A "labor reform" booklet of 50 "state factsheets" obtained by the Center for Media and Democracy (CMD) reveals the ambitious agenda of the American Legislative Exchange Council (ALEC), a corporate lobby front group, to further weaken public sector unions in the wake of the Supreme Court's controversial ruling in Janus v. AFSCME.
The booklet appears to have been published in early 2019, but is being distributed at ALEC events this year.
Each state "factsheet" includes sections on existing labor law, union landscape, political landscape, pending litigation, noteworthy legislation, and ALEC solutions.
In its June 2018 Janus decision, the Supreme Court overturned more than 40 years of precedent to rule 5-4 that public employees who don't join a union no longer have to pay "fair share" fees to cover the cost of collective bargaining on their behalf for better wages and working conditions. The decision creates a major "free rider" problem for public sector unions.
ALEC, a pay-to-play operation where legislators and corporate lobbyists meet behind closed doors to adopt model legislation on a broad range of public policy issues, has a long history of promoting policies detrimental to workers, including so-called anti-union, "Right-to-Work" bills and the anti-democratic Living Wage Mandate Preemption Act, which prevents cities and counties from setting higher minimum wages than what is required under state or federal law.
This booklet clearly shows that ALEC is continuing to push its union-busting policies, despite polls that show two-thirds of Americans approving of labor unions.
ALEC "Solutions" in Search of a Problem
The "solutions" ALEC offers to states in its factsheets are drawn from a list of six model bills that it has been circulating, three of which were highlighted in ALEC's "Public Sector Union Legislative Toolkit" exposed by CMD in August 2018 shortly after the Janus decision.
ALEC's Union Recertification Act is based on Wisconsin's controversial law rammed through by Gov. Scott Walker in 2011 and would require unions to hold secret-ballot elections every two years in order to continue representing workers. A similar bill was introduced during a 2018 lame duck session in Michigan but failed to pass.
The Public Employee Choice Act would allow workers to drop out of public sector unions and also allow unions to avoid representing non-union workers, while the Public Employee Rights and Authorization Act would force unions to receive "affirmative consent" from public employees to collect dues and allow public employees to "revoke" that consent at any time. In practical effect, the ALEC bill would force all members to rejoin their unions.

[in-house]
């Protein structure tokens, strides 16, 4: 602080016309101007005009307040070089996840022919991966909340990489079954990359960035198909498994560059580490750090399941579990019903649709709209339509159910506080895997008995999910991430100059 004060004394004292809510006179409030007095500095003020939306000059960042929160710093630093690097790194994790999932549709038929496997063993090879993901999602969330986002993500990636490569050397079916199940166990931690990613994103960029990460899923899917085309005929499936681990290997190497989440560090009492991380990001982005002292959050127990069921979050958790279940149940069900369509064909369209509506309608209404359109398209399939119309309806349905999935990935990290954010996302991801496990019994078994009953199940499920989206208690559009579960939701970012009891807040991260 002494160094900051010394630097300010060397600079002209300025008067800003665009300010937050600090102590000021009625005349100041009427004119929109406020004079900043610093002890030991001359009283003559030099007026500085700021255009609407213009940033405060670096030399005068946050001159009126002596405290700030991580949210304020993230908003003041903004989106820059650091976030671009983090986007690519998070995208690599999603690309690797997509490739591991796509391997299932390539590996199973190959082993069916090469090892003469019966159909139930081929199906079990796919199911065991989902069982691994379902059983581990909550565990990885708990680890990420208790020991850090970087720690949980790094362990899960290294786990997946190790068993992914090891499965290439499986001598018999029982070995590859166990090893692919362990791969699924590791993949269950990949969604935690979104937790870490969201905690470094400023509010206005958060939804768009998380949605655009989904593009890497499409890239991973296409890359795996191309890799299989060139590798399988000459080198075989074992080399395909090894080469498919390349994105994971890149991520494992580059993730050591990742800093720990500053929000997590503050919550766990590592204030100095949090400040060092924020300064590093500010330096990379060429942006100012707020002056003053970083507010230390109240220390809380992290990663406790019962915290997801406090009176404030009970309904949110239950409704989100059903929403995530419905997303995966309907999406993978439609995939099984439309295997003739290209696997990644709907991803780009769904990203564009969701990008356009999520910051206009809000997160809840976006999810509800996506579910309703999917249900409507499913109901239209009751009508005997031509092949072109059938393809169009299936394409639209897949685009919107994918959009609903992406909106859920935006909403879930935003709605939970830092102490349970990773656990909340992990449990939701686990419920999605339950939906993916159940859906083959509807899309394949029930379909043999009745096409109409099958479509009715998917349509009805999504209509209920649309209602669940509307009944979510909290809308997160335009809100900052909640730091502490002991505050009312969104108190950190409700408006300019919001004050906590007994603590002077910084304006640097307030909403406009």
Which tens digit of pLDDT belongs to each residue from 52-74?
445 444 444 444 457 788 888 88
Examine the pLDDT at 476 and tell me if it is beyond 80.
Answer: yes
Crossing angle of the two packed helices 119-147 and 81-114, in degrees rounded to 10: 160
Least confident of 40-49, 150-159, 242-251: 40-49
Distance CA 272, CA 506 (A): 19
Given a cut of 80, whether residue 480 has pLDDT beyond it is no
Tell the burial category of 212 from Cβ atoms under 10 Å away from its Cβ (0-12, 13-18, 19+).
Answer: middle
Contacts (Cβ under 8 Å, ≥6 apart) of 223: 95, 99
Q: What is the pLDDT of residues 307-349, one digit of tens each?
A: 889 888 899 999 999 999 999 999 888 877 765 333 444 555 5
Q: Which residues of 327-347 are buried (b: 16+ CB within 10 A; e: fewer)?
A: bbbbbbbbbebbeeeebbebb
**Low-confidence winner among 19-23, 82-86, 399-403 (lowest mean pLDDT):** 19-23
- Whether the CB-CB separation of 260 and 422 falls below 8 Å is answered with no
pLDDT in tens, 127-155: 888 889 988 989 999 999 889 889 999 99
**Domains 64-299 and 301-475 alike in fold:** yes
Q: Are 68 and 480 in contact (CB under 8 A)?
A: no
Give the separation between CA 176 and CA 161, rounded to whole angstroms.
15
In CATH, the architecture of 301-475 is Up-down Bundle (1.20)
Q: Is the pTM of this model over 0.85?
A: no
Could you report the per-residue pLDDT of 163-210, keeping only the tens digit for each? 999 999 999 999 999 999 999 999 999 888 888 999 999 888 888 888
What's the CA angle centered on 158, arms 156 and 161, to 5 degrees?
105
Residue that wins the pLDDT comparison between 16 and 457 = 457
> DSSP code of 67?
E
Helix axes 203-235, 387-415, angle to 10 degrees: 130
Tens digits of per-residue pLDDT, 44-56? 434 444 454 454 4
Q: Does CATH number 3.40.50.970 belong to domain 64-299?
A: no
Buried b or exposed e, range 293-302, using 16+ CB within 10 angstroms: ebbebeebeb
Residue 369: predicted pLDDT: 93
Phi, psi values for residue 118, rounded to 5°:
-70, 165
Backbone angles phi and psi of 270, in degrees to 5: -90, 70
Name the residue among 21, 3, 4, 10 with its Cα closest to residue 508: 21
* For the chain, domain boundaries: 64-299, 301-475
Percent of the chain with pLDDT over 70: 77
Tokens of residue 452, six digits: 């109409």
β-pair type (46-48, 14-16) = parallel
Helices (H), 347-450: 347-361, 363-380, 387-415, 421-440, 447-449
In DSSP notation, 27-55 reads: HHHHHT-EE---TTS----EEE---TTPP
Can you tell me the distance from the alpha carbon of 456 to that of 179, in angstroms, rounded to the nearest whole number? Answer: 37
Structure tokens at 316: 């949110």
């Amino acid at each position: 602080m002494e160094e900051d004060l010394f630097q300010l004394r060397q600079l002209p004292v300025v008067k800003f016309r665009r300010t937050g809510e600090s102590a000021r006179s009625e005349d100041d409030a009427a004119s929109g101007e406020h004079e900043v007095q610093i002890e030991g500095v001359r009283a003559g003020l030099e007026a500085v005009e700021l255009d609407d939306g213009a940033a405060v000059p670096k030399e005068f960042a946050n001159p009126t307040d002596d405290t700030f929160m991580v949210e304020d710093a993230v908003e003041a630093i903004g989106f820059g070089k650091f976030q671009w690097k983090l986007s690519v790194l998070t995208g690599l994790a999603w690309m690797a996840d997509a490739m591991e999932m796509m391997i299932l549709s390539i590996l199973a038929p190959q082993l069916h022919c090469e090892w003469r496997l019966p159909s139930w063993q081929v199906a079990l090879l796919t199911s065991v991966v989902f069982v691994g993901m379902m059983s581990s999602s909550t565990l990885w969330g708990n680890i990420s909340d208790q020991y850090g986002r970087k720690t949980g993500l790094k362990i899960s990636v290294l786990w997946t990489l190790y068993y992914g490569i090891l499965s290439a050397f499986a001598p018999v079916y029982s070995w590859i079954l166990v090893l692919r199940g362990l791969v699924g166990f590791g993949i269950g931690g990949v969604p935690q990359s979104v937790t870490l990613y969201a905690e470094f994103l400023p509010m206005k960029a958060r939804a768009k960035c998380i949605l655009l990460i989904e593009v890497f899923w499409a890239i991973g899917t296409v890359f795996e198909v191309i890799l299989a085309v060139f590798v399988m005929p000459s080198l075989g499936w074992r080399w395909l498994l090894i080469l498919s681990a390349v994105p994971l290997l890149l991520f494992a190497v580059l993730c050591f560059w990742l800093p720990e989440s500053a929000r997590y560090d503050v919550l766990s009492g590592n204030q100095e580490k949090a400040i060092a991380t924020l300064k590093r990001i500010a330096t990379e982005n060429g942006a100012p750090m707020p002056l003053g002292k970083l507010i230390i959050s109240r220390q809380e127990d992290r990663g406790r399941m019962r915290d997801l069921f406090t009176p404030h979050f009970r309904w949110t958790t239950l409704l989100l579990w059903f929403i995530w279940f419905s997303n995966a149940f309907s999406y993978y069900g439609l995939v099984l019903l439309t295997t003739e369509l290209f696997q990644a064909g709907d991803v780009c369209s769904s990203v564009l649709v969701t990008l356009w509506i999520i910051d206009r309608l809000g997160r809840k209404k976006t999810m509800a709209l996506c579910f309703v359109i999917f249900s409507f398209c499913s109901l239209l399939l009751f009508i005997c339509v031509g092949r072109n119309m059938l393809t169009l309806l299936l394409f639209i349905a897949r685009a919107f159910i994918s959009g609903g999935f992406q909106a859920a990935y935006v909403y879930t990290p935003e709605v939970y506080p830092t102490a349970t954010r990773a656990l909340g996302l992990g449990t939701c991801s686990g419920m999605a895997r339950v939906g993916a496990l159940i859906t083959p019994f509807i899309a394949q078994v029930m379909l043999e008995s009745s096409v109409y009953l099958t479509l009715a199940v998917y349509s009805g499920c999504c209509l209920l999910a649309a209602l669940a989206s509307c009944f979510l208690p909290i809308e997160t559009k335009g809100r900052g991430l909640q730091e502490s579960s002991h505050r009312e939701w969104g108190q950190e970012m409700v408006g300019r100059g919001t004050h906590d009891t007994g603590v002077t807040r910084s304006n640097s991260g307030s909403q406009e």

Other "solutions" ALEC offers include the Prohibition on Paid Union Activity (Release Time) by Public Employees Act, which would bar public employers from paying employees for time they spend on union activities, and the Comprehensive Public Employee Freedom Act, which would prohibit public employers from requiring workers in a bargaining unit to join the union or pay dues, and allow individual workers to bargain independently with their employer.
The Union Financial Responsibility Act would give state government oversight power over public employee unions and freeze union dues at the level they are at the date of enactment of the bill. Any dues increases would require a majority vote by members, unless the union constitution authorizes the executive board to raise dues.
"Anti-Janus" vs. "Pro-Janus" Legislation
In ALEC's section on "noteworthy" legislation in the states, ALEC highlights what it perceives to be "anti-Janus" and "pro-Janus" legislation introduced following the Supreme Court's controversial decision. All five of the "pro-Janus" bills ALEC notes were introduced in Michigan, New Jersey, New York, and Pennsylvania in 2018-2019 saw no movement or died.
Of the seven "anti-Janus" bills introduced in California, Massachusetts, Pennsylvania, and Virginia in 2018, two were enacted in California. California's SB 1085 signed into law by the Governor in September 2018 requires public employers to provide, "reasonable leaves of absence without loss of compensation or other benefits for the purpose of enabling employees to serve as stewards or officers of the exclusive representative." The other, California's SB 846, signed by the governor four days before SB 1085, protects public employers from any legal claim to fees paid to unions before June 27, 2018.
Pending Public Sector Union-Related Litigation